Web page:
# IA two - Jacky Chong IB Student D1 HL Mathematics Internal...

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Jacky Chong IB Student D1 HL Mathematics Internal Assessment Type I January 15, 2010 Internal Assessment – How Many Pieces? In this paper, I investigated the relationship between the maximum number of pieces obtained when an i- dimensional object is cut n times. With the use of Excel and Google SketchUp, I successfully generated correct results and conjecture, and proved them logically. Finally, with previous results, I came up with a general statement suitable for all dimensions and I proved it: . Contents: Part I - Introduction I.a What Is Dimension?. ............................... 2 I.b Variables, Limits and Constraints. ................ 3 Part II – Finite One-Dimensional Object II.a The Other Constraint. ............................ 4 II.b Rule Of Obtaining Maximum Number Of Line Segments. ..5 Part III - Finite Two-Dimensional Object III.a Cutting A Finite Two-Dimensional Circle. ........ 5 III.b Proof Of My Conjecture. ......................... 8 Part IV - Finite Three-Dimensional Object 1

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IV.a Cutting A Finite Three-Dimensional Cuboid. ....... 9 IV.b Proof Of My Conjecture. .......................... 13 Part V - Finite Four-Dimensional Object And Beyond V.a Important Patterns And Zero- Dimension. ........... 15 V.b Proof Of My Conjecture. .......................... 17 V.c Finite i-Dimensional Object. ..................... 20 Part VI – Conclusion. ................................... 21 Bibliography . .......................................... 2 2 Part I: Introduction I.a What Is Dimension? Dimension can be explained as the number of coordinates we need to describe every single point of an object in that dimension space. For instance, we need two coordinates, (x, y), to describe a two-dimensional object (an object in/of two-dimensional space); for three- dimensional object, we need (x, y, z); for four- dimensional object, we need (w, x, y, z). Let me explain further with one-dimensional object. To specifically describe a finite (the object’s all coordinates can be defined with specific quantity, 2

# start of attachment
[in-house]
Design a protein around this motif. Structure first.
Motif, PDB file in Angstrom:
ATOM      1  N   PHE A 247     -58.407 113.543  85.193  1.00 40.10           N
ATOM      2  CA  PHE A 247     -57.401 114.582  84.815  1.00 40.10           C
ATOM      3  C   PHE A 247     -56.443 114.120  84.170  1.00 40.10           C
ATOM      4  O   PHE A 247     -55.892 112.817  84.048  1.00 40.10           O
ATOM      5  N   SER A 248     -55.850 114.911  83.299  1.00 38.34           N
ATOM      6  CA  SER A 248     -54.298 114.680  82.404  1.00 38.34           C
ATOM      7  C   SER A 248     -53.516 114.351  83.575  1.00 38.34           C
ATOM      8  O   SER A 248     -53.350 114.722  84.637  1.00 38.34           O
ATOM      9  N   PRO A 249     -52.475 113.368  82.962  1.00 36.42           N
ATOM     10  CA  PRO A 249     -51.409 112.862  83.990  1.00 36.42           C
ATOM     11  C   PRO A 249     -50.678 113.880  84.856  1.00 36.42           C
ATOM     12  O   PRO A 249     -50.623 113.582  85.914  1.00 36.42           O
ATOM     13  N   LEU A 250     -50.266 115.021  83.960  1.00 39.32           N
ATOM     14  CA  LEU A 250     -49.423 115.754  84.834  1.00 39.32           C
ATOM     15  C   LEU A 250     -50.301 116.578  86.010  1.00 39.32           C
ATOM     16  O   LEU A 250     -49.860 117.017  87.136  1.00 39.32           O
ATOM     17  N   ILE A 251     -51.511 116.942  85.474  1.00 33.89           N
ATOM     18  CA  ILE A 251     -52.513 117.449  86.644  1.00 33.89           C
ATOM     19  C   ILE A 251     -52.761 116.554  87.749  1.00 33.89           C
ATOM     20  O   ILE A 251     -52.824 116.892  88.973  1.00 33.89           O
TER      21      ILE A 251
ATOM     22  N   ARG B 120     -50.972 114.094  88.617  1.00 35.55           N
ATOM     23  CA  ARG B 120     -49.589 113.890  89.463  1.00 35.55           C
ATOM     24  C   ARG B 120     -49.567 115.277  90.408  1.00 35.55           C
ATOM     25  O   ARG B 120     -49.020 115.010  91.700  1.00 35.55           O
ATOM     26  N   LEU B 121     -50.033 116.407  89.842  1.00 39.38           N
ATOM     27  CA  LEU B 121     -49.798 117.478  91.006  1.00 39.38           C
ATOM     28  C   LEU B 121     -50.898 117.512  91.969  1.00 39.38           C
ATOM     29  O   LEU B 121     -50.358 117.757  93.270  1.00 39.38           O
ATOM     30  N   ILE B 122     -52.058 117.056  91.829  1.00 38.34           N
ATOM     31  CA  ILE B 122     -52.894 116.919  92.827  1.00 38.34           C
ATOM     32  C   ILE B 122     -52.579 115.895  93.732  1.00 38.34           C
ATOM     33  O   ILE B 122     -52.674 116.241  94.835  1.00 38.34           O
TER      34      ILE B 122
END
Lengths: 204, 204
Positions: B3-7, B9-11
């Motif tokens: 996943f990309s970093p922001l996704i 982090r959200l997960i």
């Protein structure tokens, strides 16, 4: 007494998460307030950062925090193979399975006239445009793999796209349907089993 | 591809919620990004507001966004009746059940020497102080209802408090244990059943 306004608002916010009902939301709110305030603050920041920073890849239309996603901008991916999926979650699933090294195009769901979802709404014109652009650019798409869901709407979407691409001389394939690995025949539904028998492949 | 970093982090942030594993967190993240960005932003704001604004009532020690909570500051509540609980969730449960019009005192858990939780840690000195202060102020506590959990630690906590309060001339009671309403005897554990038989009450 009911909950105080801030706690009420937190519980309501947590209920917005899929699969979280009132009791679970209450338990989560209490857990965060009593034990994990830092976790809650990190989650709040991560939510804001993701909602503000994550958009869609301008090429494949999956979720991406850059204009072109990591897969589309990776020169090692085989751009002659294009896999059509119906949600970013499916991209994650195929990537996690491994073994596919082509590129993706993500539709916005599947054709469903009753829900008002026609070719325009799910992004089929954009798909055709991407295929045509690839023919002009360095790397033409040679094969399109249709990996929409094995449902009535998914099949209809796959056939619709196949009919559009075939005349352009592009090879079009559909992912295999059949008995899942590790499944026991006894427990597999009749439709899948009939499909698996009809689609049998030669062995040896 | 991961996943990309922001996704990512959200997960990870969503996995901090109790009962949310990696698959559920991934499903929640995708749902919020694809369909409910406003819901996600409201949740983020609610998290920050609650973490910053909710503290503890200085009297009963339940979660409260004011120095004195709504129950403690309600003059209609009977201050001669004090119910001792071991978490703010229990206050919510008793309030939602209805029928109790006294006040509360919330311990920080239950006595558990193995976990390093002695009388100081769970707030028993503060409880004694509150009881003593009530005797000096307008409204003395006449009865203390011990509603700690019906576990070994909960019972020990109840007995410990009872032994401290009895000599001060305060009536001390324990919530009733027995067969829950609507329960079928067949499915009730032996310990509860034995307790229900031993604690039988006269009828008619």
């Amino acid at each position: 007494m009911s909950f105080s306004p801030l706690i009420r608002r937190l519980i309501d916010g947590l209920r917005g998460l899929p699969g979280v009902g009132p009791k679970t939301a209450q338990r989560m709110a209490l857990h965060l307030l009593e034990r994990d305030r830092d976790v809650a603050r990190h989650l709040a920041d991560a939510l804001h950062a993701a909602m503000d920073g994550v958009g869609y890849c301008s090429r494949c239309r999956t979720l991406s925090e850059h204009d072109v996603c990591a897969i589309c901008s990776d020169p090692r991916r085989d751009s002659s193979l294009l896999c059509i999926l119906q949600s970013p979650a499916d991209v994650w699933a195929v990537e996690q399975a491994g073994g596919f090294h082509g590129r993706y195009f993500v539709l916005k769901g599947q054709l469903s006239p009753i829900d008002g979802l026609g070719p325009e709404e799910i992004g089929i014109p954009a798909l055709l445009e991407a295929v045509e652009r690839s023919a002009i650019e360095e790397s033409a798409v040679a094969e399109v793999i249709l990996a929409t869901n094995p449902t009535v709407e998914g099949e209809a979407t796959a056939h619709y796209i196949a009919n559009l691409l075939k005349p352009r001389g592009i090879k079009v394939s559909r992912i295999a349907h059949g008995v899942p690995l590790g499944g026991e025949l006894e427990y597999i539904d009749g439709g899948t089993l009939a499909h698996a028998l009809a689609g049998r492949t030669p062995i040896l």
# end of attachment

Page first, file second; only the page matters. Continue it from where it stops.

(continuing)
which means not infinite) one-dimensional object, we need one coordinate, (x). Let us call “x” the length. Does it mean that a one-dimensional object does not have width, height, and other dimensional property? No, it does have all other dimensional property, because if it does not (for example, the width is zero), then there is no object. Imagine an object with length and width. The width is narrowing, and when the width becomes zero, the object disappears, there is no more object. In fact, the width (and other dimensional properties except length) of one-dimension space is the smallest value of the Universe. This value is the length, width, height and all other dimensional values of a point (the “point” I’ve mentioned in the first paragraph). For instance, only one line object can fit in the width of one-dimension space, so width is not a variable. As w, x, y, z are all variables, we only need x, because x is the only variable (other dimensional properties are all the smallest value

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IA two - Jacky Chong IB Student D1 HL Mathematics Internal...

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